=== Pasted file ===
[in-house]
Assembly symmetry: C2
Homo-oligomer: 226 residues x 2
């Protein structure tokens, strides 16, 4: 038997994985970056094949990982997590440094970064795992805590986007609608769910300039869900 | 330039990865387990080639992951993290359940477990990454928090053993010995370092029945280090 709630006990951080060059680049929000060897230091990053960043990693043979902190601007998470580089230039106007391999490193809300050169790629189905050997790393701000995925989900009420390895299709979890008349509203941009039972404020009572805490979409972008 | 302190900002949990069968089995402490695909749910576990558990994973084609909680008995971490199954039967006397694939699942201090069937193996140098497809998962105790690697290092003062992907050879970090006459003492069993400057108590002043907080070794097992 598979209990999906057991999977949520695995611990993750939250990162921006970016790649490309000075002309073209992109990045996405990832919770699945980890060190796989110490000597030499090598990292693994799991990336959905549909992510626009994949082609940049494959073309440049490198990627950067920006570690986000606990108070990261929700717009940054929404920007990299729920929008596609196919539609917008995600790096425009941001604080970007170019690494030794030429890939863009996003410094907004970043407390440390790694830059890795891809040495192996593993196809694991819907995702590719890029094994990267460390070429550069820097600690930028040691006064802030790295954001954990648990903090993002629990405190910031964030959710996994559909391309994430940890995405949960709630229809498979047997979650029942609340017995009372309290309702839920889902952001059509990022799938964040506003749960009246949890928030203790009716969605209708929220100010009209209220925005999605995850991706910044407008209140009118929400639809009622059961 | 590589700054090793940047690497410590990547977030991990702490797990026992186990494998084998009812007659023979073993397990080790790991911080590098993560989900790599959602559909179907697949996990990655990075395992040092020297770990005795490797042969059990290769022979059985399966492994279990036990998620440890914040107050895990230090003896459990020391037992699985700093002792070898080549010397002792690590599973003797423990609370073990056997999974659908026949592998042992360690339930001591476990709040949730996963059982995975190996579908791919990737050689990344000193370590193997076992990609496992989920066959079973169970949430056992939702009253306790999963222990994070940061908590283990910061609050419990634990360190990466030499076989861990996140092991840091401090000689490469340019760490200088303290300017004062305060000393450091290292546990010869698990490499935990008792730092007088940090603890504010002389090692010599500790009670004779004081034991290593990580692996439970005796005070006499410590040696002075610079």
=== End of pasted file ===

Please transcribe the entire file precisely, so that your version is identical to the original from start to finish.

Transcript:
[in-house]
Assembly symmetry: C2
Homo-oligomer: 226 residues x 2
């Protein structure tokens, strides 16, 4: 038997994985970056094949990982997590440094970064795992805590986007609608769910300039869900 | 330039990865387990080639992951993290359940477990990454928090053993010995370092029945280090 709630006990951080060059680049929000060897230091990053960043990693043979902190601007998470580089230039106007391999490193809300050169790629189905050997790393701000995925989900009420390895299709979890008349509203941009039972404020009572805490979409972008 | 302190900002949990069968089995402490695909749910576990558990994973084609909680008995971490199954039967006397694939699942201090069937193996140098497809998962105790690697290092003062992907050879970090006459003492069993400057108590002043907080070794097992 598979209990999906057991999977949520695995611990993750939250990162921006970016790649490309000075002309073209992109990045996405990832919770699945980890060190796989110490000597030499090598990292693994799991990336959905549909992510626009994949082609940049494959073309440049490198990627950067920006570690986000606990108070990261929700717009940054929404920007990299729920929008596609196919539609917008995600790096425009941001604080970007170019690494030794030429890939863009996003410094907004970043407390440390790694830059890795891809040495192996593993196809694991819907995702590719890029094994990267460390070429550069820097600690930028040691006064802030790295954001954990648990903090993002629990405190910031964030959710996994559909391309994430940890995405949960709630229809498979047997979650029942609340017995009372309290309702839920889902952001059509990022799938964040506003749960009246949890928030203790009716969605209708929220100010009209209220925005999605995850991706910044407008209140009118929400639809009622059961 | 590589700054090793940047690497410590990547977030991990702490797990026992186990494998084998009812007659023979073993397990080790790991911080590098993560989900790599959602559909179907697949996990990655990075395992040092020297770990005795490797042969059990290769022979059985399966492994279990036990998620440890914040107050895990230090003896459990020391037992699985700093002792070898080549010397002792690590599973003797423990609370073990056997999974659908026949592998042992360690339930001591476990709040949730996963059982995975190996579908791919990737050689990344000193370590193997076992990609496992989920066959079973169970949430056992939702009253306790999963222990994070940061908590283990910061609050419990634990360190990466030499076989861990996140092991840091401090000689490469340019760490200088303290300017004062305060000393450091290292546990010869698990490499935990008792730092007088940090603890504010002389090692010599500790009670004779004081034991290593990580692996439970005796005070006499410590040696002075610079």